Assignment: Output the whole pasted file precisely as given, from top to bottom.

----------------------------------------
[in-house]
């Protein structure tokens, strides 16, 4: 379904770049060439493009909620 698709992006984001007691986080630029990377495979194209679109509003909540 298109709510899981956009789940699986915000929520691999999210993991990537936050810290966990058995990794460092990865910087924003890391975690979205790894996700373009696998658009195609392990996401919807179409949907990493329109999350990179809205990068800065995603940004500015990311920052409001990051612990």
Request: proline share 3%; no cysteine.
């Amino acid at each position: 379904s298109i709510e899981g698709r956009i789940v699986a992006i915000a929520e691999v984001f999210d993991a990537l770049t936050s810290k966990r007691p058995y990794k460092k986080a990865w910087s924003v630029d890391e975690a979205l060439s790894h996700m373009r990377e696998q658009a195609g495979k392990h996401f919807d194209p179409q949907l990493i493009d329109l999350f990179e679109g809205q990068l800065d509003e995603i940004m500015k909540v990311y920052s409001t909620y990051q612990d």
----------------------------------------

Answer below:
[in-house]
């Protein structure tokens, strides 16, 4: 379904770049060439493009909620 698709992006984001007691986080630029990377495979194209679109509003909540 298109709510899981956009789940699986915000929520691999999210993991990537936050810290966990058995990794460092990865910087924003890391975690979205790894996700373009696998658009195609392990996401919807179409949907990493329109999350990179809205990068800065995603940004500015990311920052409001990051612990």
Request: proline share 3%; no cysteine.
């Amino acid at each position: 379904s298109i709510e899981g698709r956009i789940v699986a992006i915000a929520e691999v984001f999210d993991a990537l770049t936050s810290k966990r007691p058995y990794k460092k986080a990865w910087s924003v630029d890391e975690a979205l060439s790894h996700m373009r990377e696998q658009a195609g495979k392990h996401f919807d194209p179409q949907l990493i493009d329109l999350f990179e679109g809205q990068l800065d509003e995603i940004m500015k909540v990311y920052s409001t909620y990051q612990d």